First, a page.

That their amplitude of rightward saccades was more strongly influenced by the field defect than other visuo-motor variables can be related to previous findings about eye-movement control during reading in healthy participants. As reviewed by Reichle et al. (2003), the decision about where to fixate next seems largely determined by visual features to the right of fixation (e.g. spaces between upcoming words). Since right-sided parafoveal field defects disturb or prevent the perception of such features, amplitudes of rightward saccades may considerably be affected by this visual impairment. In contrast, the decision about when to move the eyes seems primarily determined by linguistic properties of words (Reichle et al., 2003). The degree of linguistic impairment in pure alexics—that is, their difficulties in processing letters (Arguin and Bub, 1993) and/or word forms (Warrington and Shallice, 1980)—is thus likely to have a stronger impact on fixation durations and total viewing times than their field defect. As a first major conclusion, we therefore postulate that the contribution of the right-sided visual defect to the reading impairment of pure alexia is deficit-specific, with amplitudes of rightward saccades being most affected.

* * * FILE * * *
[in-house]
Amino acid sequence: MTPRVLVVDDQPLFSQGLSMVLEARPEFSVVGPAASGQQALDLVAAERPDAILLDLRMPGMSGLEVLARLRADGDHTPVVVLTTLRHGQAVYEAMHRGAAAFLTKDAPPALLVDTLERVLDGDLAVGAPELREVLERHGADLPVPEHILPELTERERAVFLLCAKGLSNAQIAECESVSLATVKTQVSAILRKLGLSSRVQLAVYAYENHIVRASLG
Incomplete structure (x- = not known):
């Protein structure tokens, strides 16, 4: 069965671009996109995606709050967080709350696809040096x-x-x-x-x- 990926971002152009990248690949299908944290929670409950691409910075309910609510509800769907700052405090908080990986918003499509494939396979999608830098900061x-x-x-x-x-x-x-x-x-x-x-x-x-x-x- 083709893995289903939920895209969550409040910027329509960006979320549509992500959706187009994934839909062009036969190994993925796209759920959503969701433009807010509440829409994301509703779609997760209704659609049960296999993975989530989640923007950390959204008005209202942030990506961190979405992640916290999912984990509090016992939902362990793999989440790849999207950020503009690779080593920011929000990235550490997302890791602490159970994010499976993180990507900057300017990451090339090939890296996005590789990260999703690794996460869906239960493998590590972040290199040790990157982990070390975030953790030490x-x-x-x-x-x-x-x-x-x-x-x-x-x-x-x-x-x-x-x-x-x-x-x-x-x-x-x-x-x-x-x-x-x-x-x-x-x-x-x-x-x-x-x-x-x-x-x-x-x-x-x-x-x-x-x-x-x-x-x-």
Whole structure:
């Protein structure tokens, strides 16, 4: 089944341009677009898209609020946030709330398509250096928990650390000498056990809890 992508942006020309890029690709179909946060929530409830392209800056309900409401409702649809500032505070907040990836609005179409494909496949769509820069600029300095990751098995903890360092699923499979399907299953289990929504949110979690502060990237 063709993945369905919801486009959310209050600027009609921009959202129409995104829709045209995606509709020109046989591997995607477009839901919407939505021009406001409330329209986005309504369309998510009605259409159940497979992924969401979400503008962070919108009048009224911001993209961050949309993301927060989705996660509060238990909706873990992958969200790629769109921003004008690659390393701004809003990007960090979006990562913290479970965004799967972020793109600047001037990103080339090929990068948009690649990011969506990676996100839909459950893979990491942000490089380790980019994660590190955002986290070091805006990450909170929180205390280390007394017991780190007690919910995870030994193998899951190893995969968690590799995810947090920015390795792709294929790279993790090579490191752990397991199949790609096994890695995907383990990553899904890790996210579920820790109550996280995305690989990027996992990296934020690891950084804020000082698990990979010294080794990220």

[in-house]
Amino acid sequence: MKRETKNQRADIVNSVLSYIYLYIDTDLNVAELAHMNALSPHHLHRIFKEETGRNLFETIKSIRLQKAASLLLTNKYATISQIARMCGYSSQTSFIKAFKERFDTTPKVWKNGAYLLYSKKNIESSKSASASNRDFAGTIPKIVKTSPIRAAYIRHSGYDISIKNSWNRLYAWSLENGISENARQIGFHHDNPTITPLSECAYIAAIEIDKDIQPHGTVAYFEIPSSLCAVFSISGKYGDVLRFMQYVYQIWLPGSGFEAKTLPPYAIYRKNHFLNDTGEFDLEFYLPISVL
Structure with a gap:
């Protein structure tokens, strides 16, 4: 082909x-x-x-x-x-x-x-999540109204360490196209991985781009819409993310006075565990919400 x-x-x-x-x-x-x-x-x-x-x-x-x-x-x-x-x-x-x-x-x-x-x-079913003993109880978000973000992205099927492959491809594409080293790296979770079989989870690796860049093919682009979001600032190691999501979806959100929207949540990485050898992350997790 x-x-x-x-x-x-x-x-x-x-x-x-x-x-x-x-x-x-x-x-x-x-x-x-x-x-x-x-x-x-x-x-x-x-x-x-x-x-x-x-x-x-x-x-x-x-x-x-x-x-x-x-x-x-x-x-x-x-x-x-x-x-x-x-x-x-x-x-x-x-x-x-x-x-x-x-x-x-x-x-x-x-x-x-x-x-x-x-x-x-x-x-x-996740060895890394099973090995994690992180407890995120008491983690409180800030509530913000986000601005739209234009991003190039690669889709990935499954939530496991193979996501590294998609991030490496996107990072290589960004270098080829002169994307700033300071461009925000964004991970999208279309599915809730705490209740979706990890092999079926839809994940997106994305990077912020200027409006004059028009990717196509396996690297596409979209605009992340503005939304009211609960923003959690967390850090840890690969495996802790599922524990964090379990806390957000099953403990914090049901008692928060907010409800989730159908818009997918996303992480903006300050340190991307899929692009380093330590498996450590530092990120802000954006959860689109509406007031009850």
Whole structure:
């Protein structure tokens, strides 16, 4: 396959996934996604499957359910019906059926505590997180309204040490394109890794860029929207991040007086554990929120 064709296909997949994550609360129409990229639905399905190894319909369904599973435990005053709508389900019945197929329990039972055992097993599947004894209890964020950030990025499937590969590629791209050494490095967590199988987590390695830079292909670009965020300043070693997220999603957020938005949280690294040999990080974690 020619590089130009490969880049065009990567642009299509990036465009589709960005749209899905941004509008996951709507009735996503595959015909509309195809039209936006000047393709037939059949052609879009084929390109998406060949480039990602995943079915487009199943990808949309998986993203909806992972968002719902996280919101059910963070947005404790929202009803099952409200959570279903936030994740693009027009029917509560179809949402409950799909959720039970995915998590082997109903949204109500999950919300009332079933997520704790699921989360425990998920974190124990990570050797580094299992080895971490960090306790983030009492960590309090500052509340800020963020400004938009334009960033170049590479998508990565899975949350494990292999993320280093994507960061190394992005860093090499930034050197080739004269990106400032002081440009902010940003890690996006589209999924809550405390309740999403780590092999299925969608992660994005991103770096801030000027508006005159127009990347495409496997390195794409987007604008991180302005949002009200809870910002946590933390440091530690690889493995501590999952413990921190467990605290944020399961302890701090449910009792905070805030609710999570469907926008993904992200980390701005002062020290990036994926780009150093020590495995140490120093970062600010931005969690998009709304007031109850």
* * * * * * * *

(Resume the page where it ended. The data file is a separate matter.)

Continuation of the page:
Furthermore, the findings of the present study have implications for the differential diagnosis of pure alexia. Availability of sensitive parameters to separate pure alexia from hemianopic dyslexia in individual patients is important since specific rehabilitation techniques have been developed for either disorder (e.g. Nitzberg Lott and Friedman, 1999; Spitzyna et al., 2007). Leff et al. (2006) have recently proposed the combined use of simple reading tests, perimetry and lesion profiles for differential diagnosis. The authors particularly emphasized the role of lesion analysis. In four of their six patients with pure alexia, brain damage involved the coordinate identified as the centre of the visual word form area (VWFA) in healthy adults (Jobard et al., 2003), a site that was spared in the group of hemianopic dyslexics. The results of the present lesion analysis were similar: brain damage included this coordinate in five of our six patients with pure alexia—but in none of the hemianopic dyslexics—and the largest differences between groups were found at and near the visual word form area coordinate. These findings thus provide further evidence for a relation between pure alexia and a lesioned visual word form area (Cohen et al., 2003; Henry et al., 2005), a brain region devoted to the identification of visual letter strings (Dehaene et al., 2005) and abstract visual word form perception (McCandliss et al., 2003) in the healthy brain. Moreover, our results suggest that lesion analysis may indeed be helpful when pure alexia has to be identified and separated from hemianopic dyslexia in clinical settings.